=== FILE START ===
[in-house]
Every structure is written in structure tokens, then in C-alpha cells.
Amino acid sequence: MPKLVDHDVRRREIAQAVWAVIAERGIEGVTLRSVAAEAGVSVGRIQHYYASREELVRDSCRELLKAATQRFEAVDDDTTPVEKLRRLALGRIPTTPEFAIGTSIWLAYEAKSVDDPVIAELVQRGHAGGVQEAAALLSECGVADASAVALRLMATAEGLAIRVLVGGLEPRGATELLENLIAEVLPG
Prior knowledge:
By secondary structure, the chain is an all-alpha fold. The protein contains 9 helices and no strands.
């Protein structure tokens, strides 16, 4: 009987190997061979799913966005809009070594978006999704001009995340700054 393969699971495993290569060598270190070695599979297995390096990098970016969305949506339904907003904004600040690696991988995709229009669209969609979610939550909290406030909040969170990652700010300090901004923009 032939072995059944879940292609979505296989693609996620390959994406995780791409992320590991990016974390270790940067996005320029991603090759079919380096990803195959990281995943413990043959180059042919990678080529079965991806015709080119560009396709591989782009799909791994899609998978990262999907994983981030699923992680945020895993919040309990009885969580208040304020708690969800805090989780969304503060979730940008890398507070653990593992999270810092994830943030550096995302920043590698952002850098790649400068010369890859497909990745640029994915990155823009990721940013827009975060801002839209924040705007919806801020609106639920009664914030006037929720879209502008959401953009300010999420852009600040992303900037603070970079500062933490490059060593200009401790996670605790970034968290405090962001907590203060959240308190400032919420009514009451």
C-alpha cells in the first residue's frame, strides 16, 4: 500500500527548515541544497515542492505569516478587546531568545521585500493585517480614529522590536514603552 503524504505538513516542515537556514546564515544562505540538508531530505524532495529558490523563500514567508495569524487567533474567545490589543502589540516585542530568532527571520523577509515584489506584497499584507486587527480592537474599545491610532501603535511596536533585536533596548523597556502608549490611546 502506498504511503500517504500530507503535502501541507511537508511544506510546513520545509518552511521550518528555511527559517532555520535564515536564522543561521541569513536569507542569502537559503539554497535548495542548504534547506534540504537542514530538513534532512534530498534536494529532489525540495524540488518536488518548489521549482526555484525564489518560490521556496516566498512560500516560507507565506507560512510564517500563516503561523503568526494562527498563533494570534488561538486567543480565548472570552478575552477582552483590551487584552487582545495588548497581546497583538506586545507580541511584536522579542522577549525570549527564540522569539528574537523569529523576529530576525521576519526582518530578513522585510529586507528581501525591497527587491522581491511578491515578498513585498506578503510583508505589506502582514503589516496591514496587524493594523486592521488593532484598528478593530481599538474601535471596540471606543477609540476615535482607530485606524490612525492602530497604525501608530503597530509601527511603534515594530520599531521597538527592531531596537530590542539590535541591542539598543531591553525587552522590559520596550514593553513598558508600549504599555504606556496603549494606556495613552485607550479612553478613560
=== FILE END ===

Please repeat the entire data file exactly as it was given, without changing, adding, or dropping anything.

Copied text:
[in-house]
Every structure is written in structure tokens, then in C-alpha cells.
Amino acid sequence: MPKLVDHDVRRREIAQAVWAVIAERGIEGVTLRSVAAEAGVSVGRIQHYYASREELVRDSCRELLKAATQRFEAVDDDTTPVEKLRRLALGRIPTTPEFAIGTSIWLAYEAKSVDDPVIAELVQRGHAGGVQEAAALLSECGVADASAVALRLMATAEGLAIRVLVGGLEPRGATELLENLIAEVLPG
Prior knowledge:
By secondary structure, the chain is an all-alpha fold. The protein contains 9 helices and no strands.
């Protein structure tokens, strides 16, 4: 009987190997061979799913966005809009070594978006999704001009995340700054 393969699971495993290569060598270190070695599979297995390096990098970016969305949506339904907003904004600040690696991988995709229009669209969609979610939550909290406030909040969170990652700010300090901004923009 032939072995059944879940292609979505296989693609996620390959994406995780791409992320590991990016974390270790940067996005320029991603090759079919380096990803195959990281995943413990043959180059042919990678080529079965991806015709080119560009396709591989782009799909791994899609998978990262999907994983981030699923992680945020895993919040309990009885969580208040304020708690969800805090989780969304503060979730940008890398507070653990593992999270810092994830943030550096995302920043590698952002850098790649400068010369890859497909990745640029994915990155823009990721940013827009975060801002839209924040705007919806801020609106639920009664914030006037929720879209502008959401953009300010999420852009600040992303900037603070970079500062933490490059060593200009401790996670605790970034968290405090962001907590203060959240308190400032919420009514009451």
C-alpha cells in the first residue's frame, strides 16, 4: 500500500527548515541544497515542492505569516478587546531568545521585500493585517480614529522590536514603552 503524504505538513516542515537556514546564515544562505540538508531530505524532495529558490523563500514567508495569524487567533474567545490589543502589540516585542530568532527571520523577509515584489506584497499584507486587527480592537474599545491610532501603535511596536533585536533596548523597556502608549490611546 502506498504511503500517504500530507503535502501541507511537508511544506510546513520545509518552511521550518528555511527559517532555520535564515536564522543561521541569513536569507542569502537559503539554497535548495542548504534547506534540504537542514530538513534532512534530498534536494529532489525540495524540488518536488518548489521549482526555484525564489518560490521556496516566498512560500516560507507565506507560512510564517500563516503561523503568526494562527498563533494570534488561538486567543480565548472570552478575552477582552483590551487584552487582545495588548497581546497583538506586545507580541511584536522579542522577549525570549527564540522569539528574537523569529523576529530576525521576519526582518530578513522585510529586507528581501525591497527587491522581491511578491515578498513585498506578503510583508505589506502582514503589516496591514496587524493594523486592521488593532484598528478593530481599538474601535471596540471606543477609540476615535482607530485606524490612525492602530497604525501608530503597530509601527511603534515594530520599531521597538527592531531596537530590542539590535541591542539598543531591553525587552522590559520596550514593553513598558508600549504599555504606556496603549494606556495613552485607550479612553478613560